Early voting is going on at a new location in Pittsylvania County. Due to COVID-19, the registrar’s office moved to a new location.
CHATHAM – If you’re driving down South Main Street in Chatham, you might’ve noticed a black garbage bag covering the hillside sign denoting the Pittsylvania County Registrar’s Office.
No, it wasn’t an act of vandalism. The office switched locations this year, moving 0.4 miles up the road, near the corner of Main Street and Depot Street, near the State Route 57 intersection.
Last November, registered voters flocked to the old Chatham Library, built in 1939. They weren’t there to read a book. They arrived to submit a ballot for the presidential election.
So why did they go to the defunct library to perform their patriotic right? Because about 15 years ago, the small brick building became the home of the Pittsylvania County Registrar’s Office.
The staff made the.building work for their needs for years. However, the COVID-19 pandemic made the issues brought forth by the small space more noticeable.
It was time for a change.
Pittsylvania Adjusts to Pandemic’s Difficulties
When Virginia switched to a no-excuse absentee ballot method in light of the pandemic, Pittsylvania County General Registrar Kelly Keesee anticipated a rise in early voter turnout.
She also expressed that maintaining six feet of social distancing for a crowd was not particularly feasible in the former library.
A compounding issue also plagued the site. Not only did the office serve as a polling location for Chatham residents, 2019 population 1,401. The small building in the county seat traditionally also served as the early voting location for all of Pittsylvania County. That’s the largest land-area county in the state, housing 60,354 people in 2019. Approximately 45,600 county reisdents registered as voters in 2020.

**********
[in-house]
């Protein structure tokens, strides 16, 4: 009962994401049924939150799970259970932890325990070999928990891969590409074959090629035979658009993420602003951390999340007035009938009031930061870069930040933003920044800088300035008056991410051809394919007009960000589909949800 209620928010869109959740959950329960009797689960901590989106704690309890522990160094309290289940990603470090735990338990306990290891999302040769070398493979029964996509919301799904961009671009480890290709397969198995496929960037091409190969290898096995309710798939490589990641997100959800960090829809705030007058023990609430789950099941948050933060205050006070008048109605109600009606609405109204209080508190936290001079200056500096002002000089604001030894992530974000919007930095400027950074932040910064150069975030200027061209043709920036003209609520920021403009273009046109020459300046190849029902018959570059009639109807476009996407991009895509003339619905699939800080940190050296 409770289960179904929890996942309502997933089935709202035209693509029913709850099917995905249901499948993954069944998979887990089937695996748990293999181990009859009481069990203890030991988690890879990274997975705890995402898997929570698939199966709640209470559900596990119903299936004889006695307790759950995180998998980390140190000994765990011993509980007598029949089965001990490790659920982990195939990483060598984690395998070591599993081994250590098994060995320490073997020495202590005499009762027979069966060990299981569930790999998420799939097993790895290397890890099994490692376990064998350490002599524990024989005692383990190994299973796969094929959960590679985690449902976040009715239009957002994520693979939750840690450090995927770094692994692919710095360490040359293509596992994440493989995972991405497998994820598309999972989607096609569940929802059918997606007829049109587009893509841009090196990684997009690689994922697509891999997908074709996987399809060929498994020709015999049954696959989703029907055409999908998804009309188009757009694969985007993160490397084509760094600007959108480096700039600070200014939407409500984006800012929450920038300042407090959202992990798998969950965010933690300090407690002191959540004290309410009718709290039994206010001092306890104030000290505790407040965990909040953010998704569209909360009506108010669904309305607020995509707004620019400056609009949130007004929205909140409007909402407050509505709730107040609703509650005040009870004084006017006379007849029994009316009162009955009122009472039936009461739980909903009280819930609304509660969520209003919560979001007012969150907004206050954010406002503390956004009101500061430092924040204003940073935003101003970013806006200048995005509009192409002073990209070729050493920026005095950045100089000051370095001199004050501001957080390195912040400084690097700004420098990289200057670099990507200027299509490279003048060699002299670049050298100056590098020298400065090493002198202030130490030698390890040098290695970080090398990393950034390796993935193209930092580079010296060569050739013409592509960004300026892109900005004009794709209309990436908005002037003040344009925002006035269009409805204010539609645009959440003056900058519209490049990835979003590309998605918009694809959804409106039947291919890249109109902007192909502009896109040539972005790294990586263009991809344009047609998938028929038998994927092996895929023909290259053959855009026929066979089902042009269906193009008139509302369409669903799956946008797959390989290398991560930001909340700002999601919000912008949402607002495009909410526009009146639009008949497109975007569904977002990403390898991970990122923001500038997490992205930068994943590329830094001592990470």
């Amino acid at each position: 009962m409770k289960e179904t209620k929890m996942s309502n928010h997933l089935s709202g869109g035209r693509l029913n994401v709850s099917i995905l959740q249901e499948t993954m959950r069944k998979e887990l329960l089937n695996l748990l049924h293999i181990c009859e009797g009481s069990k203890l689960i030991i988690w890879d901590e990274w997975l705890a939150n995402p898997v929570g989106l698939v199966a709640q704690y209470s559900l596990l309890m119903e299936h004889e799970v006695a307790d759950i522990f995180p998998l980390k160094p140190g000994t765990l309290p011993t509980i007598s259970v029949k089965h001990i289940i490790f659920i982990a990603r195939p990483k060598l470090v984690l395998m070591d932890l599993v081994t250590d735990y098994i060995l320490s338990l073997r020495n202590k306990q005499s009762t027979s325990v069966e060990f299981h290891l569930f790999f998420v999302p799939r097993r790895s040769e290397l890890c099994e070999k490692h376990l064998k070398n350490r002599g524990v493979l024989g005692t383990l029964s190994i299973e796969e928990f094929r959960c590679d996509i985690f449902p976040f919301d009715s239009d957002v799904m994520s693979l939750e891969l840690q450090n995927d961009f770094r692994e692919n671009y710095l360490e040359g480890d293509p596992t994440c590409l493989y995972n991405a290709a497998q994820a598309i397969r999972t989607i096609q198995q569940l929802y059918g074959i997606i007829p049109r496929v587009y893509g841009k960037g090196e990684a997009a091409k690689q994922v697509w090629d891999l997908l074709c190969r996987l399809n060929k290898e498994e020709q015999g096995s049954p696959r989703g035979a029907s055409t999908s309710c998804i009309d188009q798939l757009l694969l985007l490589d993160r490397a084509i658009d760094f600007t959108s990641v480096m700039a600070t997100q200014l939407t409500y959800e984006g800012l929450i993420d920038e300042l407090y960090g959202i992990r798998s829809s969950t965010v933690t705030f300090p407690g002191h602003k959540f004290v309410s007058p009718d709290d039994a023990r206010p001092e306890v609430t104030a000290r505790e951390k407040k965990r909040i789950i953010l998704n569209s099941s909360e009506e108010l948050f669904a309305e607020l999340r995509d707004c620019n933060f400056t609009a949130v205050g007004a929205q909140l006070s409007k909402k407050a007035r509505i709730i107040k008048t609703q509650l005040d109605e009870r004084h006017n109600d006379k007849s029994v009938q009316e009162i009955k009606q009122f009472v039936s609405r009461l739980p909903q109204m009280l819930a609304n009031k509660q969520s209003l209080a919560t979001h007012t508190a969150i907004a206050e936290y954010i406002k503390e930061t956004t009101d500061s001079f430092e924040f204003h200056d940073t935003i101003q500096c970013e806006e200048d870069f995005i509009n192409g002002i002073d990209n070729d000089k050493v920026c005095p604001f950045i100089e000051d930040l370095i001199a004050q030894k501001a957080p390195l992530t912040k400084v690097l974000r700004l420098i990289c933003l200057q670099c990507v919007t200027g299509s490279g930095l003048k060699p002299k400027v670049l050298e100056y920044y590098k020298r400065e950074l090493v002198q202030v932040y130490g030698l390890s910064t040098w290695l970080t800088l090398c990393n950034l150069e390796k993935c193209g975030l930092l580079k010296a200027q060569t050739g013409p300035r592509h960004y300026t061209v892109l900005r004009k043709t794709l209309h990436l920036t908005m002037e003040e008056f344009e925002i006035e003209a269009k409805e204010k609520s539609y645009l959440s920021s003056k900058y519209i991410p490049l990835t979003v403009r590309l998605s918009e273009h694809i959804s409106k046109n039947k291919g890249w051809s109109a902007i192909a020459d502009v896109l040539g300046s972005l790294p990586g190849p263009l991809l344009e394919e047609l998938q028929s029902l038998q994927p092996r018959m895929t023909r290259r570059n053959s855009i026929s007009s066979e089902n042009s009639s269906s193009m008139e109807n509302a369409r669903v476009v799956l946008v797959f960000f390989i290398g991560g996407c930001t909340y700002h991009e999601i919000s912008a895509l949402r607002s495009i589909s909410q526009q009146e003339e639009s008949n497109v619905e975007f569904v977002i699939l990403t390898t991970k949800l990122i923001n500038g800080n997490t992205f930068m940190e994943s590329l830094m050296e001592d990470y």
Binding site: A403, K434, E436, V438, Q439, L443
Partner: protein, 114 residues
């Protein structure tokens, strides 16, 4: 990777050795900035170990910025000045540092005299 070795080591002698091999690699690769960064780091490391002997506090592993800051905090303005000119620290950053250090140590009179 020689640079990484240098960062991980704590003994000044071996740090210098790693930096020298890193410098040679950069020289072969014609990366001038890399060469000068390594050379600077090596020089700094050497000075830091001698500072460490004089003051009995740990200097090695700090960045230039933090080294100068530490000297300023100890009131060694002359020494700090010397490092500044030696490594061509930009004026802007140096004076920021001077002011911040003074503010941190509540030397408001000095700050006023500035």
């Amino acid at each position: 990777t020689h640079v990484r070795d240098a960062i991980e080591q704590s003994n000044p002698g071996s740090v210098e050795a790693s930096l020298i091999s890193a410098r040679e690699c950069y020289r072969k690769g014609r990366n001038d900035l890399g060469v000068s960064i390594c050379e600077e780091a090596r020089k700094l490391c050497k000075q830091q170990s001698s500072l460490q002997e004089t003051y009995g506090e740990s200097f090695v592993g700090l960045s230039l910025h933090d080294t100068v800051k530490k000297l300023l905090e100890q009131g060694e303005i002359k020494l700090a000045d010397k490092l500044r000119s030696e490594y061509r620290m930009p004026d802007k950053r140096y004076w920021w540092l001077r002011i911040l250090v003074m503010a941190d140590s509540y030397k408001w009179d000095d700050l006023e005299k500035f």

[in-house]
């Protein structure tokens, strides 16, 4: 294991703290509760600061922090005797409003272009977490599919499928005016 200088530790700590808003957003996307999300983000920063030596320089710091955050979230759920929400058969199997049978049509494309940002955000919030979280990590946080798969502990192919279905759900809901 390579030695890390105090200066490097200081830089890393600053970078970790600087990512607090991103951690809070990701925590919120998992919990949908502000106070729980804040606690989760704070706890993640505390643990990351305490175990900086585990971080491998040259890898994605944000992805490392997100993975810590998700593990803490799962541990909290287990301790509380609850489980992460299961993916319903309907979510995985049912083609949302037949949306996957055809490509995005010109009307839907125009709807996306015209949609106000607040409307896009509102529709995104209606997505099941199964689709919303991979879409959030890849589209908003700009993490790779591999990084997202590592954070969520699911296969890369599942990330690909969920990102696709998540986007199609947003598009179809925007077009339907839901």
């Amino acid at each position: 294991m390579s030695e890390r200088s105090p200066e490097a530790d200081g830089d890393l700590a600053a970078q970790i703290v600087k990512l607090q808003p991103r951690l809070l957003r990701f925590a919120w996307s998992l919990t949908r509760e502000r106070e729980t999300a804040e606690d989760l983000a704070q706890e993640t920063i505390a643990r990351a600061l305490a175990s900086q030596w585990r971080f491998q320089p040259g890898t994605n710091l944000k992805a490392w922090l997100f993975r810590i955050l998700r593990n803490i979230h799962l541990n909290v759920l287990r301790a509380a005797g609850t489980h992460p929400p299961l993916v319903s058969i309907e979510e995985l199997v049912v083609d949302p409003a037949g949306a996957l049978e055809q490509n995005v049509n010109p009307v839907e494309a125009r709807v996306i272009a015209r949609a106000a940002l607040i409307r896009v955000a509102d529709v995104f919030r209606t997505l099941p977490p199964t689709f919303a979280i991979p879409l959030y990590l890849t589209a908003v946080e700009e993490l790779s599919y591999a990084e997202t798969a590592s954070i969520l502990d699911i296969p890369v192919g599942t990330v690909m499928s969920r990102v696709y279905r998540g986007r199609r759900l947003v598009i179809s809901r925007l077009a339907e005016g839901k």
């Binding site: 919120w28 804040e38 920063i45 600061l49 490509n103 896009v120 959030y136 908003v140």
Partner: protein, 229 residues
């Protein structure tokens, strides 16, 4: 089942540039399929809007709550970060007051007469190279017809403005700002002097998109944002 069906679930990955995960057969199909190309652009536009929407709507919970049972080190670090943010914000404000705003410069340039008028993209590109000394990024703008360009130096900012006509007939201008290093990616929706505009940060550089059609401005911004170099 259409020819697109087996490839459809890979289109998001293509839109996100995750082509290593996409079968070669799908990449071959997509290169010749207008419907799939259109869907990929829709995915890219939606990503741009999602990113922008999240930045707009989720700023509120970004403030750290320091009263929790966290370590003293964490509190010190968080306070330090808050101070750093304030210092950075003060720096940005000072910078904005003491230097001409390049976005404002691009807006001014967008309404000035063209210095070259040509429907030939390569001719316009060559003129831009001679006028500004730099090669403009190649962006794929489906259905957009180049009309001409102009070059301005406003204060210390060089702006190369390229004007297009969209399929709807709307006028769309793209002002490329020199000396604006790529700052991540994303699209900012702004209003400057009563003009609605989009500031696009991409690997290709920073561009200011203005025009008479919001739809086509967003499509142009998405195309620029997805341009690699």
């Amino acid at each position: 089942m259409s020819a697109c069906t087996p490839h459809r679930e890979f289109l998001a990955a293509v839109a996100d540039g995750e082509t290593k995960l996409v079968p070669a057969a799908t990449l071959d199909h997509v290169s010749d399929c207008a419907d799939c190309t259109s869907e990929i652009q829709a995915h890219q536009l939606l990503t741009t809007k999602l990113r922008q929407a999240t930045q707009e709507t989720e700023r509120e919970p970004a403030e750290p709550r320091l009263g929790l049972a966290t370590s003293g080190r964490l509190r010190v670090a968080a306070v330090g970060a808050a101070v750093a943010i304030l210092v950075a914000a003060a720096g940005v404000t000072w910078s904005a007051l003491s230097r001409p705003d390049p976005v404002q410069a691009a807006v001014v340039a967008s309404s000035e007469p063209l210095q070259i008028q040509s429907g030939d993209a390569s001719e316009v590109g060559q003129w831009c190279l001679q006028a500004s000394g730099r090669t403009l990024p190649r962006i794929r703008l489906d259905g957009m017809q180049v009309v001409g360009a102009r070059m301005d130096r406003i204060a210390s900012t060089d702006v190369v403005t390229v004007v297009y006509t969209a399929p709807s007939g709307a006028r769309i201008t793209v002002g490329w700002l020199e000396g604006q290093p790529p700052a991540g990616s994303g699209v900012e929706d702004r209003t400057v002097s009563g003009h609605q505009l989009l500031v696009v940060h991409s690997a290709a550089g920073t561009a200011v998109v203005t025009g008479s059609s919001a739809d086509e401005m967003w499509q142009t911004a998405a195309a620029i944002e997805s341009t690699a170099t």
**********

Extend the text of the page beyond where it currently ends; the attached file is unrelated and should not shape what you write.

Instead of people lining up out into Chatham’s Main Street waiting for their early voting opportunity, the county sourced a separate building just outside of town.
“Part of the reason we used the satellite location last year was because we didn’t have the capacity to hold folks for voting with social distancing and that sort of thing,” Keesee said.
The Olde Dominion Agricultural Complex – home to events like rodeos, tractor pulls and a community Halloween trunk-or-treat extravaganza – took on a new role. Utilizing the 8,000 sq. ft. conference center, Pittsylvania County moved its early voting location, offering voters open spaces, single-use pens and temperature checks.
Elections officials also made curbside voting easily accessible for those with illnesses, handicaps and voters age 65 and older. Furthermore, an absentee vote drop-off box remained under surveillance at the agricultural complex.
The satellite location also provided ample parking, an issue for townsfolk who waited to vote in-person on Election Day. Some drivers parked their car on the side of South Main Street on November 3, 2020, and walked up the slope toward the former library to cast their ballot.
A Big Move
The makeshift site remained open through the end of the voting day on the Saturday before the election. However, the facility served as a bandaid in the pandemic. It did not permanently solve the issue for overcrowding concerns at the old location, should COVID-19 still be an issue the following election season.
Lo and behold, it’s still an issue. However, the need for a separate voting facility is not. That’s because Keesee moved her office into a new location a few weeks ago – one better suited to serve the community.